This cleanup process is definitely not a DIY job and it’s important to get your electronics evaluated by a professional before booting them up again.

The components within most electronics are very sensitive and when compromised by corrosiveness of smoke and soot, become a safety hazard.

This corrosion can lead to increased resistance in circuits and connections, overheating, and short circuiting. Sounds like a recipe for another fire damage disaster, doesn’t it?

For this reason, it’s best to leave cleaning smoke damage to electronics to the professionals.

Cleaning Smoke Damage: Do’s & Dont’s


We cannot stress this enough: DO NOT attempt to clean smoke damage by yourself if moderate or heavy smoke damage is present. For safe measure, you should always consult professionals due to the carcinogens and other toxins that might be present.

However, let’s say you suffered from a very light smoke damage, then you can take the DIY route if you absolutely insisted.

Because smoke and soot residues continue to damage your belongings for days and even weeks after a fire, it is important that cleanup begins as soon as possible to protect your belongings and reduce your losses. Many items susceptible to smoke damage can often be restored, but only when cleanup begins early.

Due to the stickiness and greasiness of soot, improper cleaning procedures can cause further damage, which is another reason to let the professionals handle this.

If you plan to clean the smoke and soot residues yourself, follow these tips below to make the process easier.

  • Remember, exposure to soot and smoke can be dangerous, no matter the scale of the damage. Wear protective gear before cleaning. This includes nitrile or latex gloves, goggles, face masks, and/or a respirator.
  • Also, remember soot can embed itself very easily into things. Do not directly touch it or attempt to clean it directly, as it will quickly spread to other surfaces and make cleaning more difficult.
  • Do not attempt to clean wet or damp items. Wait until they are dry.
  • Use a HEPA vacuum to remove loose particles. DO NOT let the vacuum touch the surface. Instead, insert smaller plastic tubes into the main suction tube to gently aid the process.
  • Purchase a soot sponge (AKA a ‘dry soot sponge’) to clean a dry soot or on flat, porous surfaces, like unfinished wood, drywall, plaster, or low gloss painting surfaces.
  • Clean from the top down. Start with the ceiling and work your way to the baseboards.
  • Use a wet wash (AKA degreasing agents) to clean a wet soot on non-porous surfaces, like countertops, paneling, furniture, fixtures, high-gloss paint surface, and tile.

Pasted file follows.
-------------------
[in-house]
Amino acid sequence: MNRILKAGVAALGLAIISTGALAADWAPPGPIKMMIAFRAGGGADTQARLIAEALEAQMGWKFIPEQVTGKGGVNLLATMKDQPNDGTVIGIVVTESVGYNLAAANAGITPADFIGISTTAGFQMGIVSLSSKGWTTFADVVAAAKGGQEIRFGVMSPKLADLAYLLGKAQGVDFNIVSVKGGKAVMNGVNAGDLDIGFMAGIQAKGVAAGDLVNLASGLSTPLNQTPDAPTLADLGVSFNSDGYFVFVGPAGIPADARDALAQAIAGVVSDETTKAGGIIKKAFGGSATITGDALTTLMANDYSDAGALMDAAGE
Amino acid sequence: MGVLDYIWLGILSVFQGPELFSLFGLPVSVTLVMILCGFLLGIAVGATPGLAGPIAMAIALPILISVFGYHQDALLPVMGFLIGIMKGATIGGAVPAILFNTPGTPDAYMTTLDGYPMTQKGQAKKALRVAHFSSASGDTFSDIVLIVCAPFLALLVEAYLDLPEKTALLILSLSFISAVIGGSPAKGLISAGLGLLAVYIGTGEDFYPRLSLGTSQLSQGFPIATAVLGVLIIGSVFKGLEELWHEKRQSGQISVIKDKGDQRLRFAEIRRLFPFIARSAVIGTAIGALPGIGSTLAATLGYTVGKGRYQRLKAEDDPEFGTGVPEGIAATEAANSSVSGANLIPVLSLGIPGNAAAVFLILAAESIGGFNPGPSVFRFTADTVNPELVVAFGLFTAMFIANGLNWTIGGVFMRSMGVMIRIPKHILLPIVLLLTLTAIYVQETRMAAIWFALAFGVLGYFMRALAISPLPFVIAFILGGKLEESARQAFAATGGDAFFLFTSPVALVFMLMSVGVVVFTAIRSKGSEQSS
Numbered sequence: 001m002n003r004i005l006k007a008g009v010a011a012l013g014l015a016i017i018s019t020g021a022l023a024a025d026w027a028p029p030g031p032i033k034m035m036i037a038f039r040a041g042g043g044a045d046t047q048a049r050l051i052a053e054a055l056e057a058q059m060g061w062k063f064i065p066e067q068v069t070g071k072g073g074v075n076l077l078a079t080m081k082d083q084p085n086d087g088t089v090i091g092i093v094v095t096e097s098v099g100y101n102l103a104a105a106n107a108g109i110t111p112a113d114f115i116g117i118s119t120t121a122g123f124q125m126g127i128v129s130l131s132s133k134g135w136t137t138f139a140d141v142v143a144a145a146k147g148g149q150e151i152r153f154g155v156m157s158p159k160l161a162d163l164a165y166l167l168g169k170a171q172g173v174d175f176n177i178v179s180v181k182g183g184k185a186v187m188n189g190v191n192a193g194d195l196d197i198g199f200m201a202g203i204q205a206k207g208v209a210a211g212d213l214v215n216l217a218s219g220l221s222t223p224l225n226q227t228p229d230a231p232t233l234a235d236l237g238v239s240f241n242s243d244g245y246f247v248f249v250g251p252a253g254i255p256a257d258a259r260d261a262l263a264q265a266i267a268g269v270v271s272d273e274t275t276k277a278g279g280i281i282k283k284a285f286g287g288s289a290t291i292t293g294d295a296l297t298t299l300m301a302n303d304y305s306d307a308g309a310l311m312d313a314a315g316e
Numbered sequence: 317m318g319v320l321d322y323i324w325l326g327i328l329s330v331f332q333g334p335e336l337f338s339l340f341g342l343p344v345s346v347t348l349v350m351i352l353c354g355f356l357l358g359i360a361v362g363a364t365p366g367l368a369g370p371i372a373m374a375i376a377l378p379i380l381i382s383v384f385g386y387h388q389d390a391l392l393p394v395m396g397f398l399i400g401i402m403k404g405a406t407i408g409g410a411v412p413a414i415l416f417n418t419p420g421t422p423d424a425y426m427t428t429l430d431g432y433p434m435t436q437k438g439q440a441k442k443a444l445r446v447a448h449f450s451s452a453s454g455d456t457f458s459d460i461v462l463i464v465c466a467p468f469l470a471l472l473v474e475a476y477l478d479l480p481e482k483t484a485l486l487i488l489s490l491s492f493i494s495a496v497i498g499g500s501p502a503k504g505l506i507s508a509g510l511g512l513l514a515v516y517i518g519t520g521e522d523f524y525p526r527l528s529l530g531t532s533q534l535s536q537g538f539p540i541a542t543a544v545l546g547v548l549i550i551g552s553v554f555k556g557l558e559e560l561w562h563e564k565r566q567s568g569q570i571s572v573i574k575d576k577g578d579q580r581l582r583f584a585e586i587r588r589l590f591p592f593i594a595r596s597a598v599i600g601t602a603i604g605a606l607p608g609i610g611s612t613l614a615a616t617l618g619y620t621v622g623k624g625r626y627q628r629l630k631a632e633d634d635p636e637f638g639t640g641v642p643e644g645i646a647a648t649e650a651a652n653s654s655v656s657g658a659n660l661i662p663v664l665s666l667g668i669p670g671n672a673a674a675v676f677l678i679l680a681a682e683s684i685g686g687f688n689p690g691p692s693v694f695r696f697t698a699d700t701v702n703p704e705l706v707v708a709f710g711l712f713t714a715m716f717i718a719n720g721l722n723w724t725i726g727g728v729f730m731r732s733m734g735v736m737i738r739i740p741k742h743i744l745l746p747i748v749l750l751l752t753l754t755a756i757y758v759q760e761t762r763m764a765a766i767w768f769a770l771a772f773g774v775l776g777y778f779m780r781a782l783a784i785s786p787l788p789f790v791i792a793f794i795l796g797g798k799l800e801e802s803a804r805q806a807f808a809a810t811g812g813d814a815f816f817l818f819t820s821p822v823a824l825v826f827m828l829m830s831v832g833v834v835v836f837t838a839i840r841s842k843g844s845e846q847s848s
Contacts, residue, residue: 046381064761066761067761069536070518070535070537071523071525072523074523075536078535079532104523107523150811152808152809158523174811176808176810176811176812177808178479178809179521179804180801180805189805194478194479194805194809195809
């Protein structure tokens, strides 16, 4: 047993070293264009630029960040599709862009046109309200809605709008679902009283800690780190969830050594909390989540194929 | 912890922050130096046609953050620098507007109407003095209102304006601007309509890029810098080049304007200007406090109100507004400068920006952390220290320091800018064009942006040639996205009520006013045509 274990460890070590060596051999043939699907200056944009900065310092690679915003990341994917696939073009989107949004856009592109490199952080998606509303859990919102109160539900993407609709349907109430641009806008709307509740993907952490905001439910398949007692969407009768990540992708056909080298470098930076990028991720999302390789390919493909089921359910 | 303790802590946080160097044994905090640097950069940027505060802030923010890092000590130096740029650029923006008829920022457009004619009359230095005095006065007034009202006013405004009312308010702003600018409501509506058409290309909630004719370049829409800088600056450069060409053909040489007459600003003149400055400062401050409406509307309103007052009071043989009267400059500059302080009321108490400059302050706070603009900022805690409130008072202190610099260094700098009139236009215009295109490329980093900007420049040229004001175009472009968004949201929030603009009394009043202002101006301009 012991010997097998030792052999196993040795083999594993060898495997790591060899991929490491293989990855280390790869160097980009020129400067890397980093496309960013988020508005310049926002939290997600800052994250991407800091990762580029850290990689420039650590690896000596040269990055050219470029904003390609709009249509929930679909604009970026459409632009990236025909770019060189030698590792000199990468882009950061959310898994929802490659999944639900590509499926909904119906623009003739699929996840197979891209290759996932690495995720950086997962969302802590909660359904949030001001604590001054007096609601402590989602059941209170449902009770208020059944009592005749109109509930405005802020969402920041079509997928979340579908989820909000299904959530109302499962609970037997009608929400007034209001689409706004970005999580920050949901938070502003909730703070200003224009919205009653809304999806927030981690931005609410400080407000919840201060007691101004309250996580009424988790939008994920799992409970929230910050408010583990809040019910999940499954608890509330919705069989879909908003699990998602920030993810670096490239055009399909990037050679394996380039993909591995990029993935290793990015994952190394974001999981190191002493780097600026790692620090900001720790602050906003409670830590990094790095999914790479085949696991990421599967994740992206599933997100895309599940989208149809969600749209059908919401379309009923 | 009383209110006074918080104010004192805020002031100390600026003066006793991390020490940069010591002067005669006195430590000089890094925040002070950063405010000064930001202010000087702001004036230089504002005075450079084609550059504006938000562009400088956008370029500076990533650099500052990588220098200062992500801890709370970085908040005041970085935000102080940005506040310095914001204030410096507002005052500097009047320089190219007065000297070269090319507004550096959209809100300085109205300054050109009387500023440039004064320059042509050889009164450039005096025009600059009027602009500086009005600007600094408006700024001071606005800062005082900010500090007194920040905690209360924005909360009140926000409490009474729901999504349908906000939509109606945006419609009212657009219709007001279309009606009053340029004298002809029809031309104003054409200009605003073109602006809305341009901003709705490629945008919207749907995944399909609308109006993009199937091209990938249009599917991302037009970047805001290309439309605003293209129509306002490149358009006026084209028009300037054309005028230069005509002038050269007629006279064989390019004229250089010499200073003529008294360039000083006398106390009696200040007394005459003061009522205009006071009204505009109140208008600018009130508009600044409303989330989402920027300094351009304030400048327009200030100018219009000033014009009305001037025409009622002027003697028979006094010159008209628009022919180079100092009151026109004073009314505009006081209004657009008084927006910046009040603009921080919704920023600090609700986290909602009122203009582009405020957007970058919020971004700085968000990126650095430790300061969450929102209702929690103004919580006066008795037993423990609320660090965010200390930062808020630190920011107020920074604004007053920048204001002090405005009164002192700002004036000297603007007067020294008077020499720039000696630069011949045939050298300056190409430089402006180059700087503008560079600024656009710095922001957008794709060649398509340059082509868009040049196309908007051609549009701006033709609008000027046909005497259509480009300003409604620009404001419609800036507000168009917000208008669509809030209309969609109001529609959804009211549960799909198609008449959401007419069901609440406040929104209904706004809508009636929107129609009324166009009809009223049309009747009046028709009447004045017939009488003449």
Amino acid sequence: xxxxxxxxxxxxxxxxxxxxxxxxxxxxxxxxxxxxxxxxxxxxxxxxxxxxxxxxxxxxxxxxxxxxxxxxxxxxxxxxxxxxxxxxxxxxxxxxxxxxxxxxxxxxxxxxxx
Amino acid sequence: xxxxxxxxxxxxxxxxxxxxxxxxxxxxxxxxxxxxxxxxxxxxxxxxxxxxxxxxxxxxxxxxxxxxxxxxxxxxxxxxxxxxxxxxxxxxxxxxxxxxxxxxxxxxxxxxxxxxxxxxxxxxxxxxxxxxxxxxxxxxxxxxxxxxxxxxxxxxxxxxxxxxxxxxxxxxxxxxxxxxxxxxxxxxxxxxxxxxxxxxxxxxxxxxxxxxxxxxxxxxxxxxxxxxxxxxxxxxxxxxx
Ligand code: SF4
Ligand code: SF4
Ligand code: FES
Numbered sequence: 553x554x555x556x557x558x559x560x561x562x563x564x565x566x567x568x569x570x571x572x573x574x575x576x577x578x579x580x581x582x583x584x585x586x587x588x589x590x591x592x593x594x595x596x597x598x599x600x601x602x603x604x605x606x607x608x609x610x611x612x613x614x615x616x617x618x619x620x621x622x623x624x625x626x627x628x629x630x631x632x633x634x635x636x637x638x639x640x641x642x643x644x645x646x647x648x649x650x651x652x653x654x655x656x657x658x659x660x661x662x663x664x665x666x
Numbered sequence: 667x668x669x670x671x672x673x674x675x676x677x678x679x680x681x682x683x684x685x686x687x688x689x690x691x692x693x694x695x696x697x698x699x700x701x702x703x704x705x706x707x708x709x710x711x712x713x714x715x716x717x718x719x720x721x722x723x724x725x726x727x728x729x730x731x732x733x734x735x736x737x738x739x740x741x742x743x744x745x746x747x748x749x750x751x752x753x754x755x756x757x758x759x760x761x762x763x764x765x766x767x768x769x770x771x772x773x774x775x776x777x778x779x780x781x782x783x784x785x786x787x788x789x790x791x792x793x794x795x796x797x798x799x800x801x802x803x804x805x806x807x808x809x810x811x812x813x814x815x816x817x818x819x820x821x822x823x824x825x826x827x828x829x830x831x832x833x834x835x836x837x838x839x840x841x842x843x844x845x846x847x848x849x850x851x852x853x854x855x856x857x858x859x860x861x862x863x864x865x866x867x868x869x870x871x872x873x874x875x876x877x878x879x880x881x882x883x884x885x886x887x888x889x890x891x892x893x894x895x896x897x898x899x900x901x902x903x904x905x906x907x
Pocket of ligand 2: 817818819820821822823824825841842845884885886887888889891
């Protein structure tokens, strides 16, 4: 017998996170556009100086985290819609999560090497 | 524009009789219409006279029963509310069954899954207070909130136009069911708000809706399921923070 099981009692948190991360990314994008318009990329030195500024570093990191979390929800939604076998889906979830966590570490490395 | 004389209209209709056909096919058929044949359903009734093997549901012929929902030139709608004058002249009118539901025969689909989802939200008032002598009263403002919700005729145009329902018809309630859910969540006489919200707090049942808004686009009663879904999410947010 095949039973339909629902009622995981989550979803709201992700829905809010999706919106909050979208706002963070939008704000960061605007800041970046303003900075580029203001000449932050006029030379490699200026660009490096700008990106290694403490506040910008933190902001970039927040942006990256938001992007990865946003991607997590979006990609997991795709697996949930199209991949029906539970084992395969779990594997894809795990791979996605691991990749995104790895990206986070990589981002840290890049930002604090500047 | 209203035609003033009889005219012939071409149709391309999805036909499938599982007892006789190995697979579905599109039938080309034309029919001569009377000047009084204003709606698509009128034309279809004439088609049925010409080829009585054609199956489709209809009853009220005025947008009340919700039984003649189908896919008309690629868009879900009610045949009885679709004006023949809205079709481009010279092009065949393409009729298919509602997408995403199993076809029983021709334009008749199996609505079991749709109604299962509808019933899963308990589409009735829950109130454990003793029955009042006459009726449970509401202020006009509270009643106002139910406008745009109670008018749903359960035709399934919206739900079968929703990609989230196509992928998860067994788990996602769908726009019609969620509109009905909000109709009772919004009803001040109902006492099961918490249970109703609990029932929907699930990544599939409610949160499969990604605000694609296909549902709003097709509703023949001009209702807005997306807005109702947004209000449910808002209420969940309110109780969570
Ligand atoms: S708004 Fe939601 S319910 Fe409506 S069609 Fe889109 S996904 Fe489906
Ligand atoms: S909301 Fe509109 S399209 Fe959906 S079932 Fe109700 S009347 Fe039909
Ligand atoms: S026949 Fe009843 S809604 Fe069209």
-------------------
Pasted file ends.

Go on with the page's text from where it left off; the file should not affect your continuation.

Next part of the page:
• Open the windows and place fans in the room to ventilate the area. This helps to remove the smoke smell and makes for safer breathing conditions.
  • Turn off the ac to prevent soot from spreading throughout the home and change the filter. Turn back on when done cleaning, and check the filter at least once a day to ensure there’s no soot residue.
  • Don’t forget about items that fire or smoke didn’t directly or immediately affect. Assume that soot residue is covering every surface area in your home even if the damage is not yet visible

Does Insurance Cover Smoke Damage?


Thankfully, most insurance policies cover smoke damage and will pay for the cost of cleaning.

This usually covers smoke damage resulting from fires, lightning strikes, electrical fire damage, and vandalism. However, most insurance policies will likely not cover smoke damage that was caused by cigarettes.

When Should I Call A Smoke Damage Cleanup Professional?


You’re safest bet is to contact a smoke damage cleanup professional to handle the job, especially if it was a larger fire loss. Like we mentioned earlier, exposure to smoke and the carcinogens produced after a fire is extremely hazardous.

In addition to the danger, it’s also difficult to remove soot and smoke odors without the right skills and industry-grade equipment.

In the long run, you’ll save more money by partnering with a professional smoke damage restoration company than you would if you attempted to clean on your own.

Need a Smoke Damage Cleanup Company in the Dallas/DFW Area?


Regent Restoration provides emergency fire damage cleanup in the Dallas and Ft. Worth areas. Our IICRC certified technicians will respond 24/7 to provide you with the highest quality service whenever you need us most. When we arrive we’ll clear away debris, deodorize your home, deep-clean affected materials, and rebuild the burnt structure. Contact us now!

Leave a Comment

Your email address will not be published. Required fields are marked *

Scroll to Top